Writer’s Toolbox

Ask The Writer

Your most pressing and perplexing questions about writing answered here by Gotham teacher Brandi Reissenweber.

What is the timeline that an individual can resubmit a published poem to another publication? Can a published poem be entered in a poetry contest other than the journal it was published in?

When your poem or story is published, you grant certain rights for that particular piece to that particular publication. Generally, newspapers, magazines, and literary journals want first serial rights, which give them the rights to publish the story or poem for the first time in a periodical. (These are also called serials, hence “first serial rights.”) Once that happens, the first serial rights have been used for that particular piece and you no longer have them to sell (or give). Why this desire for first serial rights? Most journals want to publish new creative work, and being the first to publish a piece allows that. Also, editors may feel that a previously published work has already made the most of its market, so there’s no need to publish it again.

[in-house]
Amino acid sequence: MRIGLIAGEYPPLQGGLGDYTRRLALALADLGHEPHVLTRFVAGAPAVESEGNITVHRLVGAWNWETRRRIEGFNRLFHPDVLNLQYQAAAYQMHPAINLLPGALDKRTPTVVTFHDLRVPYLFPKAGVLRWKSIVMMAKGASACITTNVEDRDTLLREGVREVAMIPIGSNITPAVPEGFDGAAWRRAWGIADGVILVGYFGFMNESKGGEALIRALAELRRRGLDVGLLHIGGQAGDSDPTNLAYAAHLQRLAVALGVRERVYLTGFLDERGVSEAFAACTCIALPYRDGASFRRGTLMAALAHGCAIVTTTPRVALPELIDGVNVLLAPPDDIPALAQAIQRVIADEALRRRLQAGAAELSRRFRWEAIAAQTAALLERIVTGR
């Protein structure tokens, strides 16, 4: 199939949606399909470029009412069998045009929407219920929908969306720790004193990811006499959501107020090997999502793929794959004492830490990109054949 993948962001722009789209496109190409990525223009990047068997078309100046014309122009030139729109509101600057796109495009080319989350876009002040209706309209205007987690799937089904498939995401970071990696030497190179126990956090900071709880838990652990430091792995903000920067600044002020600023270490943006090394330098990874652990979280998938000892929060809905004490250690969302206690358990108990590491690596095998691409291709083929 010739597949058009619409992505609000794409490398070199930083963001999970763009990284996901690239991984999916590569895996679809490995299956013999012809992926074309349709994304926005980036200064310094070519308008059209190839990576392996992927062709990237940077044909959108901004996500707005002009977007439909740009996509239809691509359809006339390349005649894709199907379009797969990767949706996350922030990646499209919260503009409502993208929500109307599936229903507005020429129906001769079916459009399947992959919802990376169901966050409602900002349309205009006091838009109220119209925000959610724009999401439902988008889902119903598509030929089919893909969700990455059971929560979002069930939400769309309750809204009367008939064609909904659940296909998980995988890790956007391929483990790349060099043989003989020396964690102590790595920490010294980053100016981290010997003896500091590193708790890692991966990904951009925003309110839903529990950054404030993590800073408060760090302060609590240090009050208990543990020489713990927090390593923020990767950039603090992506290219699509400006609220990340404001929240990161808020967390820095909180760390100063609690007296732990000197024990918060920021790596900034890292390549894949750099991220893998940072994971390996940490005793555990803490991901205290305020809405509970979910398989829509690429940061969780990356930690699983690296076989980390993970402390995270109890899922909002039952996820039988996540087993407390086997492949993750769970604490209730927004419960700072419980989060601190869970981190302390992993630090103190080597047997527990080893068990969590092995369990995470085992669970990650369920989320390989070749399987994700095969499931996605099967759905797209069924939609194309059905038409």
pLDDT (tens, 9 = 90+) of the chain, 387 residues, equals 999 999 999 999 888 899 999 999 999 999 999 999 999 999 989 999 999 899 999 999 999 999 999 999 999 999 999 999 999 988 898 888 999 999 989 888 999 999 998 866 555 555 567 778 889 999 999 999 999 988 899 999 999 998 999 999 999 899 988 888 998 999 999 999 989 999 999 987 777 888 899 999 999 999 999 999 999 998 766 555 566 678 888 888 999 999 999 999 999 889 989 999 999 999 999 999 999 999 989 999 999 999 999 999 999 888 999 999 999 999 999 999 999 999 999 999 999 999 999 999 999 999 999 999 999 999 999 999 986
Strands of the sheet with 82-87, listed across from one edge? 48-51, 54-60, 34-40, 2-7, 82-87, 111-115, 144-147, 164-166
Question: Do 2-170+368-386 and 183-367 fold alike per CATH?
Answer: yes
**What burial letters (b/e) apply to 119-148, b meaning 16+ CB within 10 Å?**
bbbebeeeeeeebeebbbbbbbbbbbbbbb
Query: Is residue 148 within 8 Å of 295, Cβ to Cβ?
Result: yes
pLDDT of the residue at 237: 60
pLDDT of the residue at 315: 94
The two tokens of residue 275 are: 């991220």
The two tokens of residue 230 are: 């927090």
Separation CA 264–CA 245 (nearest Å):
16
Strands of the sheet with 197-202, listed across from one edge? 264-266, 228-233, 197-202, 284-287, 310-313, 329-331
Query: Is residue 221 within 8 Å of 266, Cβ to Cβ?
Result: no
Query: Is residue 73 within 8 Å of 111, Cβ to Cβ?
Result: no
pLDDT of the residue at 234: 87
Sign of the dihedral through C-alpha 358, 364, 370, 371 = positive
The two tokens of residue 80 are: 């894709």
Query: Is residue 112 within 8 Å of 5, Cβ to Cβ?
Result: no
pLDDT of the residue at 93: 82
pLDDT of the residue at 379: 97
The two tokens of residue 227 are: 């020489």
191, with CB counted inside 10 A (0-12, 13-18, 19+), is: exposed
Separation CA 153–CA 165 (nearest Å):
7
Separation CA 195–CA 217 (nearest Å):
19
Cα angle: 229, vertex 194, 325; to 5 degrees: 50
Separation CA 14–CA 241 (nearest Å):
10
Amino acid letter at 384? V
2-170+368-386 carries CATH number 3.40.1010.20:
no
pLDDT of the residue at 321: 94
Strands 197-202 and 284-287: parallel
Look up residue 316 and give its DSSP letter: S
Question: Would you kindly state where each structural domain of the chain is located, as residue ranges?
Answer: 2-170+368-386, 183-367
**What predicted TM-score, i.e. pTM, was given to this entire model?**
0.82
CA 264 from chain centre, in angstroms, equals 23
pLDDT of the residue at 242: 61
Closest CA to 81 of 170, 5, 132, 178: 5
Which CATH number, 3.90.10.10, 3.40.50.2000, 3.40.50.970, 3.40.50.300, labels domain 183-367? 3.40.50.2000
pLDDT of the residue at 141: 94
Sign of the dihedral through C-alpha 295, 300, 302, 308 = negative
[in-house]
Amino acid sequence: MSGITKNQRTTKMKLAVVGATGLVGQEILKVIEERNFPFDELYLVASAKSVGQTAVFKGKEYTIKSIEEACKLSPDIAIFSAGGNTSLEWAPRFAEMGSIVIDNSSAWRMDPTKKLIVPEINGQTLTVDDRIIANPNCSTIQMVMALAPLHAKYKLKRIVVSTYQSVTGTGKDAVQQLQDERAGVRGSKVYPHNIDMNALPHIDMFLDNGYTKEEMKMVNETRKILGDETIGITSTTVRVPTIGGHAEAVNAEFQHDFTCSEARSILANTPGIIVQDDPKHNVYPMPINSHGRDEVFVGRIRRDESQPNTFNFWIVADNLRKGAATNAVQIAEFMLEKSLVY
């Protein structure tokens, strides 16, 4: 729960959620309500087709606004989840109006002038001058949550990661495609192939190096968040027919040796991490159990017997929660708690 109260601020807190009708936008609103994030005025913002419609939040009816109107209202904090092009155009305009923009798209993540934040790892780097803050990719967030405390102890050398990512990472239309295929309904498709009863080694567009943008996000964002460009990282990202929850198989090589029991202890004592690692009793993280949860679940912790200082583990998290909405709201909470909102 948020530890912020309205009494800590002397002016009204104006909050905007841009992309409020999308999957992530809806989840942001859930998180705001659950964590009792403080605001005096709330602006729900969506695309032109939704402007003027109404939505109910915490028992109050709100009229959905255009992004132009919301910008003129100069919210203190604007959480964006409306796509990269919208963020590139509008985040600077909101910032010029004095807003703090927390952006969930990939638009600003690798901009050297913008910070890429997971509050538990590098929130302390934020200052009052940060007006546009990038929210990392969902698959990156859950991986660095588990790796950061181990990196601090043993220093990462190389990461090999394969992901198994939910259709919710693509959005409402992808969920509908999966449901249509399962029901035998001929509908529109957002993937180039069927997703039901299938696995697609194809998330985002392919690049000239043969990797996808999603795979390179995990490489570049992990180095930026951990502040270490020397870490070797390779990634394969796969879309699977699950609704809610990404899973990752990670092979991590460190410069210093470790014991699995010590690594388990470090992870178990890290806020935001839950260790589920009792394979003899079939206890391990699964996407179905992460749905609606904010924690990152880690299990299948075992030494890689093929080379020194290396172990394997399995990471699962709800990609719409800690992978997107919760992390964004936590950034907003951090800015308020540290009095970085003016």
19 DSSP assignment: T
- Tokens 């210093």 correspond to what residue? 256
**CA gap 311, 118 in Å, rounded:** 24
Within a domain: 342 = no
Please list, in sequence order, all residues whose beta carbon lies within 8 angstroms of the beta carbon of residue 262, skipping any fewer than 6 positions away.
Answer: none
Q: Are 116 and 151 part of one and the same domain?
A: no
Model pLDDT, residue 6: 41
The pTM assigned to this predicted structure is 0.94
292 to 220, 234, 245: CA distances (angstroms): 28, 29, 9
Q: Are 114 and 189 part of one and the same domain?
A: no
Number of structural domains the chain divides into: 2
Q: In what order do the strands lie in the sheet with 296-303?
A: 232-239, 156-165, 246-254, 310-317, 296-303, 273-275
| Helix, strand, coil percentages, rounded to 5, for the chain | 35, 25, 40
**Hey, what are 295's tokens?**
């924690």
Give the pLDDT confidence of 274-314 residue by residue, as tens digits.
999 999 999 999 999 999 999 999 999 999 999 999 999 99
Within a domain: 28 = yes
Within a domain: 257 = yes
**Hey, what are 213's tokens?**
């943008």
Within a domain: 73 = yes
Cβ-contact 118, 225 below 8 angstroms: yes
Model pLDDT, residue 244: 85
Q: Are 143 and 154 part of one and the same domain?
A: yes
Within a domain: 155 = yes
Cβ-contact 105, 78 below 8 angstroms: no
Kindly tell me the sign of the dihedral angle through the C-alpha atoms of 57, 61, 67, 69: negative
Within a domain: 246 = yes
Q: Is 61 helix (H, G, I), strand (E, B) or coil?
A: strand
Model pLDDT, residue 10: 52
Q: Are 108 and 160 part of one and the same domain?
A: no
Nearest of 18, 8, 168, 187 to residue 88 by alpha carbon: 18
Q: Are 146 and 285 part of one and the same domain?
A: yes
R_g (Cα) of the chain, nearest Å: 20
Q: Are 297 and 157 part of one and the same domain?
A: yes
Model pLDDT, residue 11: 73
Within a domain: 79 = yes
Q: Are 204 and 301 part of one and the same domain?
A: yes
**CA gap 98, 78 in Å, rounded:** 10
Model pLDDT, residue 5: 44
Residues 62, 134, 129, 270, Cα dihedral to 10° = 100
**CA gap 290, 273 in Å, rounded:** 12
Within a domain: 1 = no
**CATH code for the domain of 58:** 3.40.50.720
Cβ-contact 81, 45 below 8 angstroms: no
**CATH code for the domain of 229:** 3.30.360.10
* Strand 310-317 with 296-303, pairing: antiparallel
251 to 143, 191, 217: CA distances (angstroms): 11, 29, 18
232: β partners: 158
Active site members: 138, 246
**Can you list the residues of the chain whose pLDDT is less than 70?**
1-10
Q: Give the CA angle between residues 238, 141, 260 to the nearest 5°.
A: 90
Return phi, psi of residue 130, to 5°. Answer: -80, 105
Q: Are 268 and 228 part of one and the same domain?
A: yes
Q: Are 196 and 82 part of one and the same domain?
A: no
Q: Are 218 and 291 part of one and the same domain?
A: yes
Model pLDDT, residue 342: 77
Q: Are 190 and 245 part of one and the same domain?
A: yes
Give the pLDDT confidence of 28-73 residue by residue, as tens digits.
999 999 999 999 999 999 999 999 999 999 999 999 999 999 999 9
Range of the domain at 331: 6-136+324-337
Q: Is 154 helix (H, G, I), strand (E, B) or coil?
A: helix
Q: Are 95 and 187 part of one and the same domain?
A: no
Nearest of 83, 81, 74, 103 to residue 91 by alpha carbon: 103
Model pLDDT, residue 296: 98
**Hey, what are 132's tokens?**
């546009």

Usually rights revert back to you after the work is published and, at that point, you can have it published elsewhere. Very few periodically are willing to reprint a story or poem that has been published elsewhere, but those that do state it clearly in their writers’ guidelines. If an editor has her eye on a specific piece she wants to reprint, she’ll seek out the author herself, but this usually only happens with very well known writers. And even then, it’s not too common. More often, writers will republish the poem or story in an anthology or a collection. If you do this, it is good practice to acknowledge the journal that first published the work.

Since the winning entries for contests are often considered for publication, the same is true for contest entries. Even when publication is not an issue, journals are often looking to honor new work that hasn’t already received attention. As with submissions for publication, if previously published work is accepted, this will be stated in the contest guidelines.

While this is the norm in the industry, individual guidelines and contracts vary. Always make sure you know what the journal or contest is seeking and what they ask for in return. Read contracts thoroughly. Some journals ask for more rights or give other stipulations for future publications of the material. It’s important for you to know exactly what you’re agreeing to.